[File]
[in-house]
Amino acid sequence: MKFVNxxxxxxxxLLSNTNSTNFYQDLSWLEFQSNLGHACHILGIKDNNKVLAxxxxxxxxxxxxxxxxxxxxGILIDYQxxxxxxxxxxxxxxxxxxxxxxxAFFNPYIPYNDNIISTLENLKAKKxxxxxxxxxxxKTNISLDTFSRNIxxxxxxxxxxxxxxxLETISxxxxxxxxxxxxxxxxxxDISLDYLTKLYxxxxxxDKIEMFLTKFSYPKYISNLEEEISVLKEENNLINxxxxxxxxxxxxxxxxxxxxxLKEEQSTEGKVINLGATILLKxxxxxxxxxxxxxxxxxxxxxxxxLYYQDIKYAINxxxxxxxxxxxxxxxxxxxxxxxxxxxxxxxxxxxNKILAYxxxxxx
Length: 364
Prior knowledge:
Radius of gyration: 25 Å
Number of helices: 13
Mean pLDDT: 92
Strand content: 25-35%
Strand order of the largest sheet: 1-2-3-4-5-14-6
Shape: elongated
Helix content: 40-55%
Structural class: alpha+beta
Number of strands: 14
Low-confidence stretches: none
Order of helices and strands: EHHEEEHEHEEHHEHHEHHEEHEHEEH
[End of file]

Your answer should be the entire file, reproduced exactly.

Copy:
[in-house]
Amino acid sequence: MKFVNxxxxxxxxLLSNTNSTNFYQDLSWLEFQSNLGHACHILGIKDNNKVLAxxxxxxxxxxxxxxxxxxxxGILIDYQxxxxxxxxxxxxxxxxxxxxxxxAFFNPYIPYNDNIISTLENLKAKKxxxxxxxxxxxKTNISLDTFSRNIxxxxxxxxxxxxxxxLETISxxxxxxxxxxxxxxxxxxDISLDYLTKLYxxxxxxDKIEMFLTKFSYPKYISNLEEEISVLKEENNLINxxxxxxxxxxxxxxxxxxxxxLKEEQSTEGKVINLGATILLKxxxxxxxxxxxxxxxxxxxxxxxxLYYQDIKYAINxxxxxxxxxxxxxxxxxxxxxxxxxxxxxxxxxxxNKILAYxxxxxx
Length: 364
Prior knowledge:
Radius of gyration: 25 Å
Number of helices: 13
Mean pLDDT: 92
Strand content: 25-35%
Strand order of the largest sheet: 1-2-3-4-5-14-6
Shape: elongated
Helix content: 40-55%
Structural class: alpha+beta
Number of strands: 14
Low-confidence stretches: none
Order of helices and strands: EHHEEEHEHEEHHEHHEHHEEHEHEEH